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From: Howard Hinnant (hinnant_at_[hidden])
Date: 2000-01-06 12:24:22

Jeffrey D. Paquette wrote on 1/6/2000 9:20 AM
>PMFJI, I've been lurking here for a couple of months now and have been
>attempting to follow the type_traits discussion. One thing I haven't been
>able to fugure out, though, is what problem you are trying to solve with the
>type_traits class?

Moore, Paul wrote on 1/6/2000 11:59 AM
>But regardless, does it matter? Can someone give a practical problem, for
>which this sort of information is needed to provide a correct solution?
>While traits are a good thing, and a general traits class would be useful,
>this all smacks of a solution looking for a problem.

compressed_pair is arguably a useful utility. It will optionally
optimize away the space if one or the other of it's members has no data.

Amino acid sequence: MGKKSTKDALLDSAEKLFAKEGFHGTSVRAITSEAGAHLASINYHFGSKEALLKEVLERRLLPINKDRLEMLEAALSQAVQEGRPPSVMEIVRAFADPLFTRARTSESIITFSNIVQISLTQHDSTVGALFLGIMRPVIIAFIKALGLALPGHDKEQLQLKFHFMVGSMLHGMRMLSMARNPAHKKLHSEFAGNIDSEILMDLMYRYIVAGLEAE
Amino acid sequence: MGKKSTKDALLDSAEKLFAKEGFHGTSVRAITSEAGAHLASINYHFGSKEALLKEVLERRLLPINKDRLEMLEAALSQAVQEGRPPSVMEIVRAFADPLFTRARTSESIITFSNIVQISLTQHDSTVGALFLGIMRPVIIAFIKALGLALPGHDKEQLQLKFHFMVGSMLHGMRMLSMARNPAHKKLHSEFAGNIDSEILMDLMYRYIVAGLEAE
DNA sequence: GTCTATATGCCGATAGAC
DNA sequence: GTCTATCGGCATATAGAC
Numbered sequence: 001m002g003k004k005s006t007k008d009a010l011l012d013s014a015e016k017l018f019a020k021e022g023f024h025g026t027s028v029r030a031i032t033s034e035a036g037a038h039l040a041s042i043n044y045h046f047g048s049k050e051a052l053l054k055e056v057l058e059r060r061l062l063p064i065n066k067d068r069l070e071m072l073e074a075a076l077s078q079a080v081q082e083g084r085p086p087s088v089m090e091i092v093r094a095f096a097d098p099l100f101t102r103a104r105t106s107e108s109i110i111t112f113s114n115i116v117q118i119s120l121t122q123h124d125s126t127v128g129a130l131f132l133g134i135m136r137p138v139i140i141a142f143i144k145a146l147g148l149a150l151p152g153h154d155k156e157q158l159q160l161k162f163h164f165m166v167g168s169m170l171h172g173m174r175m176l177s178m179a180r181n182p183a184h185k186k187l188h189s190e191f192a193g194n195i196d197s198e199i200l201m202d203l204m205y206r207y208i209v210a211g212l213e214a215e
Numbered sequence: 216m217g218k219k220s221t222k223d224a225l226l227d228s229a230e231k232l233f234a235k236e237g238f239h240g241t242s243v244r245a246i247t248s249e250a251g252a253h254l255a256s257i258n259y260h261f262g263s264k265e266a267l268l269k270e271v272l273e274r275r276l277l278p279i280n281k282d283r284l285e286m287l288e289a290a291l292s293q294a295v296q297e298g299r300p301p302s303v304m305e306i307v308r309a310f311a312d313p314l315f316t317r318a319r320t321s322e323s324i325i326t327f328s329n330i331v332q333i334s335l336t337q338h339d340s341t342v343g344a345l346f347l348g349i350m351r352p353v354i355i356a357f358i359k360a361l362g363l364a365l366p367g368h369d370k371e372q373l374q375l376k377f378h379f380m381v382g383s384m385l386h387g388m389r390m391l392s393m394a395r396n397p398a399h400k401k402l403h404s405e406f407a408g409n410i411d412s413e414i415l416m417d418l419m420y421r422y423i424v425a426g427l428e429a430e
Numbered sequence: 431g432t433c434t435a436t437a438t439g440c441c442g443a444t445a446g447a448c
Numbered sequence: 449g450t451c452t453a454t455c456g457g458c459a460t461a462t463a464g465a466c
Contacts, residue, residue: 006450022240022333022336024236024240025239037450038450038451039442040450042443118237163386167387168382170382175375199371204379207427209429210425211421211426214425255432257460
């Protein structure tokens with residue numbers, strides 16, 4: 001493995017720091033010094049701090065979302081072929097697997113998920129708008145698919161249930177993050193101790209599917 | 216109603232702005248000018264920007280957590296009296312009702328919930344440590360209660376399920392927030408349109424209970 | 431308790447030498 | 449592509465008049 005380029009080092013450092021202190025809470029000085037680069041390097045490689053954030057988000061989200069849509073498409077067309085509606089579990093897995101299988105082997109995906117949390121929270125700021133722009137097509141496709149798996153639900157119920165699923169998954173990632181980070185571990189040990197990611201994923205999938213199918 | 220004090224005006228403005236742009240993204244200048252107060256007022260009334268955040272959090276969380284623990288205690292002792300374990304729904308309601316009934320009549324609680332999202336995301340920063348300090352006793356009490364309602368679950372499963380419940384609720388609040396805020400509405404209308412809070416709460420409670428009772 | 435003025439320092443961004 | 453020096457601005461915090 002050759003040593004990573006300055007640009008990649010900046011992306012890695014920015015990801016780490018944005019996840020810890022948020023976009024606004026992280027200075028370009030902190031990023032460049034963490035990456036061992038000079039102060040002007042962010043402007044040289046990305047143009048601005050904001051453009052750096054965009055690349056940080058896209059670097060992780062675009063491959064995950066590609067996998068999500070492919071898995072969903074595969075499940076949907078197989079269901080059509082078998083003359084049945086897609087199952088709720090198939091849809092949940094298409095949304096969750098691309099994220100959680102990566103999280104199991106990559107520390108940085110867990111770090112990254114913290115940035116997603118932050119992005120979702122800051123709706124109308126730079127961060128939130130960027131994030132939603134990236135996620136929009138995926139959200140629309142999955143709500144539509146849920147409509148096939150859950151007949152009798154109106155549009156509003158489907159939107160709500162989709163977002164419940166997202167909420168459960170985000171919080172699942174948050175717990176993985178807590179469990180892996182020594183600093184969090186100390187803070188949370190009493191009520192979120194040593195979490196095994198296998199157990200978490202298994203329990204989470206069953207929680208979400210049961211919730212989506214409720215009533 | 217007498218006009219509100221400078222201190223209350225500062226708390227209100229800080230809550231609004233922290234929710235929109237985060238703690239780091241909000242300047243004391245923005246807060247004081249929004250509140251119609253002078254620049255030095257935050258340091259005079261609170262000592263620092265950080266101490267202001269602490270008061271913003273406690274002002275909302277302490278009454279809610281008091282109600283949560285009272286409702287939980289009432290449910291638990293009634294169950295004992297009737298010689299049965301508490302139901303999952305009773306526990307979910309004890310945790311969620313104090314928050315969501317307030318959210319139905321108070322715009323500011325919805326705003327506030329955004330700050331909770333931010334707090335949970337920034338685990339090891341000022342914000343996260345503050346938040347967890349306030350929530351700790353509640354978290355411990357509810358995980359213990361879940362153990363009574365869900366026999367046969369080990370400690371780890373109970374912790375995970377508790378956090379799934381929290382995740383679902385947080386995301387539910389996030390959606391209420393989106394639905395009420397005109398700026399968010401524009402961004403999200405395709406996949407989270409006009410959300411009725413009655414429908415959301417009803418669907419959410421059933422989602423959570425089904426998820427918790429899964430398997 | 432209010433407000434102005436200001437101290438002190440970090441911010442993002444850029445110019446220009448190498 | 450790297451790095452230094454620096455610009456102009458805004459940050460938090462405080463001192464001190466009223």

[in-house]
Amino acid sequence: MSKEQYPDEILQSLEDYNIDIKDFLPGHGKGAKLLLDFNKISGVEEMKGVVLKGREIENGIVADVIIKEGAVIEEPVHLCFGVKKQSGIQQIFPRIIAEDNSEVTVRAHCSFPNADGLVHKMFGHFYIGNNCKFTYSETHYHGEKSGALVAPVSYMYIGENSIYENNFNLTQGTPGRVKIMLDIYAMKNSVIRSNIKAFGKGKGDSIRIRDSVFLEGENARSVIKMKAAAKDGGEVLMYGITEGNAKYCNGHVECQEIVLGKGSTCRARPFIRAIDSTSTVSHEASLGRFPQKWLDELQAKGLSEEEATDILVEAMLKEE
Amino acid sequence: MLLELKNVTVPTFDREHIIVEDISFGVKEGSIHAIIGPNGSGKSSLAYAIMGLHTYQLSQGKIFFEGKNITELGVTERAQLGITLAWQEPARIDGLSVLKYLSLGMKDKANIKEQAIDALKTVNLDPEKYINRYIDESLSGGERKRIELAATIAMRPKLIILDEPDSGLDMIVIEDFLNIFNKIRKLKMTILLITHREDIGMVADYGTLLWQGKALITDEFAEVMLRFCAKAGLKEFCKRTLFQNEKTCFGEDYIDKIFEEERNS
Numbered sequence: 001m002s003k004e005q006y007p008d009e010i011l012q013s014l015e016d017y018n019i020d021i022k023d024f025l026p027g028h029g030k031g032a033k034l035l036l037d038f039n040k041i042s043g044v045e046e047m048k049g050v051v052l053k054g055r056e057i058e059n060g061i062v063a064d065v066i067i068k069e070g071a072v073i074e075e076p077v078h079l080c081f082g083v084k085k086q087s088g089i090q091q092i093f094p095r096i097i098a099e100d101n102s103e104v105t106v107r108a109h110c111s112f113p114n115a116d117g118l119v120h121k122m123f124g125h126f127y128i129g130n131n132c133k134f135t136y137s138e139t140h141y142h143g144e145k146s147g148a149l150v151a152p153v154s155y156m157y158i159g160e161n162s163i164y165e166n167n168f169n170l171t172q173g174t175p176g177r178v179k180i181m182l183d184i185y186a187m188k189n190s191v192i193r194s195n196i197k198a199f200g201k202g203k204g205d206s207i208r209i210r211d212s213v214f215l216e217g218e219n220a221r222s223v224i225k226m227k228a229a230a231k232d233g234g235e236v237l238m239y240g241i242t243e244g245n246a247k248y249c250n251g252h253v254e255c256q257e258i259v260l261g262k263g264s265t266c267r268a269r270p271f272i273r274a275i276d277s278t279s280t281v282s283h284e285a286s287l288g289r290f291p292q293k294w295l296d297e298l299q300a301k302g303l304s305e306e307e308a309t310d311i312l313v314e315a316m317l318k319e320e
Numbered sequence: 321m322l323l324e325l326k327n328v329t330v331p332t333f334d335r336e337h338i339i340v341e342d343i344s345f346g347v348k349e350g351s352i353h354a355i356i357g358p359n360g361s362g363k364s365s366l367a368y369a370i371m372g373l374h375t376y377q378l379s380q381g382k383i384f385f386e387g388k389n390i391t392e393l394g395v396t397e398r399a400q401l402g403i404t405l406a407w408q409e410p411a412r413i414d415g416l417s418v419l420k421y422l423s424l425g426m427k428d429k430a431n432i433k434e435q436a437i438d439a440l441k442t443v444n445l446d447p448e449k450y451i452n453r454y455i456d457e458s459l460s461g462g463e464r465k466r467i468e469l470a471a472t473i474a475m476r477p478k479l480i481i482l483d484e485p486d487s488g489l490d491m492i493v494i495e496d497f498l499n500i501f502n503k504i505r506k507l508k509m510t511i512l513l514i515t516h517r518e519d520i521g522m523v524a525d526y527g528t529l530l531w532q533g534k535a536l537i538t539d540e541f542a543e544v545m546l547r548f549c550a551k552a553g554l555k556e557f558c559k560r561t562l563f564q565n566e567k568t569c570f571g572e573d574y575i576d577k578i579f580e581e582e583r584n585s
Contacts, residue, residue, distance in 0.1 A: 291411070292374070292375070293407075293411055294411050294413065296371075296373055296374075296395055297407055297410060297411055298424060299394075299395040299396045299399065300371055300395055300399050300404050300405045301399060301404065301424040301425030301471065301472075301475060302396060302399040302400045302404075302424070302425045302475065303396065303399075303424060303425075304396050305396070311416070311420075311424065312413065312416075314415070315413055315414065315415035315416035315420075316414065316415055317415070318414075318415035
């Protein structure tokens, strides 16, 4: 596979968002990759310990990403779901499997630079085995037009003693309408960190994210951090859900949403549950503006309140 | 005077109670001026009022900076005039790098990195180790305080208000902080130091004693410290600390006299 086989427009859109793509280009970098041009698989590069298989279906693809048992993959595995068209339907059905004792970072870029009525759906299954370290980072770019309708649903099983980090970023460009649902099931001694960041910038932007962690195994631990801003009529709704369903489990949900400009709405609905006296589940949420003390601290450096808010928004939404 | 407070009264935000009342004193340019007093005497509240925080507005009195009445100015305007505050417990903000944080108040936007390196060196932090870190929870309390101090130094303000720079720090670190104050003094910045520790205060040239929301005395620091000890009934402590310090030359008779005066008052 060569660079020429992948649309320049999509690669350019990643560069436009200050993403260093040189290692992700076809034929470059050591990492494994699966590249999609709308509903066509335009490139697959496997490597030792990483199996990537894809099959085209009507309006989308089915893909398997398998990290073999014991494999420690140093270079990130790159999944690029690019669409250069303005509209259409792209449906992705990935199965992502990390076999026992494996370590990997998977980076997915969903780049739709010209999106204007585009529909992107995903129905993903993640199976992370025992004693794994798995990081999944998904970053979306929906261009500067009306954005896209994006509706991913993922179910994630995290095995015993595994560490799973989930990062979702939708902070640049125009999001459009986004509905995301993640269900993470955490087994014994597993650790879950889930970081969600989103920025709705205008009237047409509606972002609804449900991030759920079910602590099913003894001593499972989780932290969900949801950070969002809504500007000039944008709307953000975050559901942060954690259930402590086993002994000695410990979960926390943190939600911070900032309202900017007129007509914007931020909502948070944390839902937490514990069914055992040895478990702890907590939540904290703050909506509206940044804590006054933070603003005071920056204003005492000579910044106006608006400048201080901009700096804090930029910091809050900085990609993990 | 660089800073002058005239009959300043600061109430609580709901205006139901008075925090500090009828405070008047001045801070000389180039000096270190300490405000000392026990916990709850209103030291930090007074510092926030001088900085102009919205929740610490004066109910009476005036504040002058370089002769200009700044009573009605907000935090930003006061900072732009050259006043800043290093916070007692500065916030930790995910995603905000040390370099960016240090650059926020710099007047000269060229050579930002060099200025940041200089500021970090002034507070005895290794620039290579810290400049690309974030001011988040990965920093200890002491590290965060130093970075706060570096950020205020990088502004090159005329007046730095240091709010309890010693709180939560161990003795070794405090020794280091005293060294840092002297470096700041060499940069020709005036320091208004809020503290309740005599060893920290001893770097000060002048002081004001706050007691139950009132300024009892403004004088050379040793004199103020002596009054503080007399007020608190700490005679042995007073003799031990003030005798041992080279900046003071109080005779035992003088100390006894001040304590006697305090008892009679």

compressed_pair relies on both call_traits and is_empty.

The critical characteristic of call_traits is that it be able to
differentitate between references and non-reference types. This is
necessary so that if compressed_pair holds a reference as a member, you
can get access to the referernce without creating a reference to a
reference (which is illegal). So call_traits depends upon is_reference
(among a few other details).

is_empty can be elegantly implemented using something like:

template <class T>
struct can_derive_from
        static const bool value = is_class<T>::value || is_union<T>::value;

is_union is hard (impossible?) to implement without compiler support, but
is_class is easier. It is essentially the answer to the question: Are
you not an integral, and are you not a floating, and are you not a
pointer, and are you not an array, and are you not a...?

I'm sure there are other applications, this is just an example.


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